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Essential Versus Non-Essential in COVID-19: One Fellow’s Perspective

My last editorial started with, “Medical school has been weird.” 

That was six years ago. Today, as I sit down to write this piece, I again want to start with: Fellowship is weird right now.

I’m a soon-to-graduate allergy and immunology fellow and the circumstances surrounding the COVID-19 pandemic have catapulted every single physician into uncharted, and sometimes strange circumstances. Meeting patients for the first time on the internet, unable to physically examine that patient, telehealth malfunctions so you can’t even conduct the visit, the list goes on. 

While our attending physicians have been trying to figure out how to navigate patient care during this unprecedented time in medicine, as a fellow with just a few months left in training, I don’t have a clear answer for what my role in an elective subspecialty is supposed to be right now. 

This feeling has been very unsettling. I’m not on the front lines in primary care offices, or emergency rooms, or intensive care units. I’m not caring for acutely ill hypoxic patients that need respiratory support. I’m not gowning and gloving for the few patient encounters I still have. I’m not in New York, or California, or Washington. 

I am trying to keep my patients with asthma and immunodeficiencies well at home. I am trying to address their worries about if they should fall sick with COVID-19. I am trying to provide reassurance to my food and environmental allergy patients that their allergies won’t kill them and that they need to buy into social distancing measures so we can do our part to flatten the curve. I am trying to regularly check on my friends who actually are on the front lines. I am washing my hands even more, to the point where my eczema is on the verge of becoming unforgiving. 

But despite what I am trying to do, I’ve been left with this feeling that I’m not doing enough. I chose to extend my training by entering this particular fellowship, but now when there’s a pandemic and the world is suddenly so different, I feel so non-essential. Should I be using my board certified pediatrician skills to work on the front lines? It’s only been three years since residency graduation, but am I even qualified to work on the front lines? Does my Hippocratic Oath and personal desire to serve in this time of need outweigh the risks it poses to my family? Isn’t everyone doing that? Would it be selfish if I took this time to starting writing again?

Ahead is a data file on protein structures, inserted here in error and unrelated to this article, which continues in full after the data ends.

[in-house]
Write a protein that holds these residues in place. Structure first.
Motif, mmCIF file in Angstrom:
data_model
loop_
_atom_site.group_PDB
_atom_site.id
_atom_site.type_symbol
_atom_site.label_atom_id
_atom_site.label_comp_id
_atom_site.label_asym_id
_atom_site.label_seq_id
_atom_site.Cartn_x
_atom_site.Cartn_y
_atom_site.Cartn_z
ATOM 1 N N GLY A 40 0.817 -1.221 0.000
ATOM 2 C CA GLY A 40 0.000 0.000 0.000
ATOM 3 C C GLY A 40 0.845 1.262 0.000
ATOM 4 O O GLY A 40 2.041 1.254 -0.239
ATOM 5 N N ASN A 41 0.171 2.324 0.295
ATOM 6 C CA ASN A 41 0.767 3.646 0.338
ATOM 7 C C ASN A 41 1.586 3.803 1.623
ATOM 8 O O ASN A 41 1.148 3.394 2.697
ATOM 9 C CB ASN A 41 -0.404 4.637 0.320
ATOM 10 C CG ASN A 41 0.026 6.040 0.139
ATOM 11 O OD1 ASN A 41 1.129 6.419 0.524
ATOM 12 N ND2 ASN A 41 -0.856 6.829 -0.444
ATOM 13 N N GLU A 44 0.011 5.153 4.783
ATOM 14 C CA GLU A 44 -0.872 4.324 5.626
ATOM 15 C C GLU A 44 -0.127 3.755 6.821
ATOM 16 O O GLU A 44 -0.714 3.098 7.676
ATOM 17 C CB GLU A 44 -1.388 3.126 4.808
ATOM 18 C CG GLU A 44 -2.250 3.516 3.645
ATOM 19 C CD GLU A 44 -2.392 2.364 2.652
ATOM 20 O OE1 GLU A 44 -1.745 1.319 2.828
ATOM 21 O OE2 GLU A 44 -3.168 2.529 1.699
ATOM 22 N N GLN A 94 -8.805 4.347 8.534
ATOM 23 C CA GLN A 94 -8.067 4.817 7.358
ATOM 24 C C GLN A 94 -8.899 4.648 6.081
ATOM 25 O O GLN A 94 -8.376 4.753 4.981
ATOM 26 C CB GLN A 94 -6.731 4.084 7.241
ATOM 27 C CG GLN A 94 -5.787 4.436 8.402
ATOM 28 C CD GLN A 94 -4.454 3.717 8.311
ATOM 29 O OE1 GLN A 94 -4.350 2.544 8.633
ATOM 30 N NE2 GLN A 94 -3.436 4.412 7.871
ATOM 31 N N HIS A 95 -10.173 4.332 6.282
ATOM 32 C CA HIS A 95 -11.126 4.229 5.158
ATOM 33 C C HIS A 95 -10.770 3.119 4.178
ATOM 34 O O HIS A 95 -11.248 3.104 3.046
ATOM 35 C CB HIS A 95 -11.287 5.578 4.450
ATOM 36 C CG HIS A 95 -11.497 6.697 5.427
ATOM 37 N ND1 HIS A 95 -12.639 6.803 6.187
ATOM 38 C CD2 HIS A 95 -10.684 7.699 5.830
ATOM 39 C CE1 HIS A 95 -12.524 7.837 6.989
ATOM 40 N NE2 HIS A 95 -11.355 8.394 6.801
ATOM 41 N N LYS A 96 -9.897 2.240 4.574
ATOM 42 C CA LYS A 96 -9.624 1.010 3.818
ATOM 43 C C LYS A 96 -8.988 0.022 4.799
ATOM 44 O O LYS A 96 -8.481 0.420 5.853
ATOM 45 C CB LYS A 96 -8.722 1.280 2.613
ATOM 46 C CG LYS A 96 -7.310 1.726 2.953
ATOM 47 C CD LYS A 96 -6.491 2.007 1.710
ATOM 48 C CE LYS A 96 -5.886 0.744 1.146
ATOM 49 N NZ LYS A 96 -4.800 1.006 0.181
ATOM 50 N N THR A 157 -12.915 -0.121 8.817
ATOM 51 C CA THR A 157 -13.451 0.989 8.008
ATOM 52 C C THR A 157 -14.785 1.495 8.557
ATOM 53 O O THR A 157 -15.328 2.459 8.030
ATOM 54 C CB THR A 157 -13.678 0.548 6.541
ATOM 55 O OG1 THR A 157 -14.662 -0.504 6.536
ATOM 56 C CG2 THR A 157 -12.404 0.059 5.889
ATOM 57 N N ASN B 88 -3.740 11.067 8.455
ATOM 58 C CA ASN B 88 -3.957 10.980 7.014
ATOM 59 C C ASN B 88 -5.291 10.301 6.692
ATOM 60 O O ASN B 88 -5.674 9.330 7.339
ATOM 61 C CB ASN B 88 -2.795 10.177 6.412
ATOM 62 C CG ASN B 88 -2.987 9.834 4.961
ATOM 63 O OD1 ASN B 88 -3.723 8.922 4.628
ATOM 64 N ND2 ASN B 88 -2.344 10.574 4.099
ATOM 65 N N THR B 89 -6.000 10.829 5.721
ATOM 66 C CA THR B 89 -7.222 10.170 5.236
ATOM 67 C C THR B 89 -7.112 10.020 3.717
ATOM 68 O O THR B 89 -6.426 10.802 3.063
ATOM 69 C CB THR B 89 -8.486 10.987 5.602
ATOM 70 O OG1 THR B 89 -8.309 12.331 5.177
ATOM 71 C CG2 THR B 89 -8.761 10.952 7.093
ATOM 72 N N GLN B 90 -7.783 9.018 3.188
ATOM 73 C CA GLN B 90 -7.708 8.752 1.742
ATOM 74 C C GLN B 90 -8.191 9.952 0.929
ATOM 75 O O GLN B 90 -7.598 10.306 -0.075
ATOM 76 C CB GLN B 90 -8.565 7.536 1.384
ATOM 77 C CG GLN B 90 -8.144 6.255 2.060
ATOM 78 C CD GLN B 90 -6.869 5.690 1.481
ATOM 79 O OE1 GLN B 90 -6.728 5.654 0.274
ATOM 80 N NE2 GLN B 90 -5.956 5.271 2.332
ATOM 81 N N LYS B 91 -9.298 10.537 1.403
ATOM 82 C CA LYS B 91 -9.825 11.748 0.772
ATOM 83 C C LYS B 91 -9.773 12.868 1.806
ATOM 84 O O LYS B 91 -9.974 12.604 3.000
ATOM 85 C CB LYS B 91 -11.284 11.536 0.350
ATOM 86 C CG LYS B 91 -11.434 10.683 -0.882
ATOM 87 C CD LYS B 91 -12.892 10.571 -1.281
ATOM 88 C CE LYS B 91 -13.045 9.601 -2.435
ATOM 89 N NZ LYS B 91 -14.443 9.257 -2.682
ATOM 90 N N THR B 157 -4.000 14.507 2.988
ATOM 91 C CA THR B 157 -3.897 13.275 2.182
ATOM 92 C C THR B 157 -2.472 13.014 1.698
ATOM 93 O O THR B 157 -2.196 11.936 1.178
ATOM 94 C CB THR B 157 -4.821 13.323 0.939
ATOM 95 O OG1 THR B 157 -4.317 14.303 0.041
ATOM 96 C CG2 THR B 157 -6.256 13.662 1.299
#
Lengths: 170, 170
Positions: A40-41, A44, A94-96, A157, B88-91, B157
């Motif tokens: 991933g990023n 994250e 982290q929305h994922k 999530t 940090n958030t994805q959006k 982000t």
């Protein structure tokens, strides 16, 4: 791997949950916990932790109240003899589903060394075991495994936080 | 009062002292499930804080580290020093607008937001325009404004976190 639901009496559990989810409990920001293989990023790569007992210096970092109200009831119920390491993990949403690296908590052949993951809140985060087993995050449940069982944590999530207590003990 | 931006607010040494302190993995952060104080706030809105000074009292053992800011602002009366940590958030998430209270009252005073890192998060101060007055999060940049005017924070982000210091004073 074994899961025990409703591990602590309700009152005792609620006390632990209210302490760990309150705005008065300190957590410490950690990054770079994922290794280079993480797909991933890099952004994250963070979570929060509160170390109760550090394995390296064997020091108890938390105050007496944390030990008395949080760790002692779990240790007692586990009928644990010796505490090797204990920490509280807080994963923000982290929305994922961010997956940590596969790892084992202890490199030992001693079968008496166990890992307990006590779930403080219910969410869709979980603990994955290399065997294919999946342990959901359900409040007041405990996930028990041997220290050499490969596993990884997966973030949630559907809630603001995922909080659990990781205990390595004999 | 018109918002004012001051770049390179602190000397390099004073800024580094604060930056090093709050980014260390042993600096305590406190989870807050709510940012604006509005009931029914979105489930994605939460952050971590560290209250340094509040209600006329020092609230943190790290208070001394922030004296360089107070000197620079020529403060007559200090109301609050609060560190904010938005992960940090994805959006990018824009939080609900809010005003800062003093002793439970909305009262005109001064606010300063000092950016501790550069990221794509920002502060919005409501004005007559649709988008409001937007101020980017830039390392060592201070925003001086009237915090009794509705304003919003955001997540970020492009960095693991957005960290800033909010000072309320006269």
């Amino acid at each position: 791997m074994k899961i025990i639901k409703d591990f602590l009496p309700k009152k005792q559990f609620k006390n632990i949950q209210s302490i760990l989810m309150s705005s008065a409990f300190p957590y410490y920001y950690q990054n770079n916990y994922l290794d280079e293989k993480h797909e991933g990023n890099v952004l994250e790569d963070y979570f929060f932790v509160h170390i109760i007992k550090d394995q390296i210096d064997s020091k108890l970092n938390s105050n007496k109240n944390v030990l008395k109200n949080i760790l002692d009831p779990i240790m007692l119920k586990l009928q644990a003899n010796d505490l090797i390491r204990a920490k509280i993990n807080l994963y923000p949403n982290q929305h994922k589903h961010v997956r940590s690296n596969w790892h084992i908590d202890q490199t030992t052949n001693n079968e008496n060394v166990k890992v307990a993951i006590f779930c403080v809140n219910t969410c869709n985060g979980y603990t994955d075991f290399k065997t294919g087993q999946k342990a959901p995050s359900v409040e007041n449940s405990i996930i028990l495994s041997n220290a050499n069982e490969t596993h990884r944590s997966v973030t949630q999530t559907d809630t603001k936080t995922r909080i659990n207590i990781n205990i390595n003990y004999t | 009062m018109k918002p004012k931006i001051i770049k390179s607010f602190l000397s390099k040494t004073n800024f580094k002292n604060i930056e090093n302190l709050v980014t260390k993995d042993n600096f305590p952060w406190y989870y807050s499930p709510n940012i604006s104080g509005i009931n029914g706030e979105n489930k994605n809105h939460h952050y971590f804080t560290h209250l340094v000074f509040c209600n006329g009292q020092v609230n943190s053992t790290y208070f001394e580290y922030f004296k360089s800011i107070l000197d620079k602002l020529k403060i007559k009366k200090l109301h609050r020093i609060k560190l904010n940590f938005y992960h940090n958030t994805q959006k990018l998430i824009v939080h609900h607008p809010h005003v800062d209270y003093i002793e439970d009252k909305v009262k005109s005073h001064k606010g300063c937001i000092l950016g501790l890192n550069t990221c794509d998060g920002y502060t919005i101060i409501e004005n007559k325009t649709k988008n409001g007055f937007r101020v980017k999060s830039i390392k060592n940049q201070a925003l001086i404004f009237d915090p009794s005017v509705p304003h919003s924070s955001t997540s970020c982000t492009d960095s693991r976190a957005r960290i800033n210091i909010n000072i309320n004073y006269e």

I don’t have answers to these questions and I’m still trying to figure out where my subspecialty training will fit into this pandemic — if at all. And I’m sure those of us nearing fellowship graduation are all trying to define new roles for ourselves while keeping our respective patient populations safe through this crisis. 

While I thought fellowship was supposed to be the last step of my training, right before I stepped out on my own as an able, thoughtful and confident subspecialist, COVID-19 is quickly forcing me to reflect on my previous ideas and to reconcile with what today’s clinical reality looks like. I will likely graduate with telehealth visits as the norm and minimal patient encounters, but I hope I can find some clarity and certainty in my abilities as an allergist and immunologist to keep seeing and treating patients — whatever form that takes. 

Image credit: Wait Your Turn Here by Travis Wise is licensed under CC BY 2.0.

Farah Khan, MD Farah Khan, MD (1 Posts)

Fellow Physician Contributing Writer

Virginia Commonwealth University School of Medicine

After completing a pediatric residency, I've been enjoying fellowship in allergy and immunology at Virginia Commonwealth University. My main interests include primary immunodeficiency, severe asthma and food allergy. When I'm not in clinic, I enjoy cooking with my husband (usually while chasing our toddler around).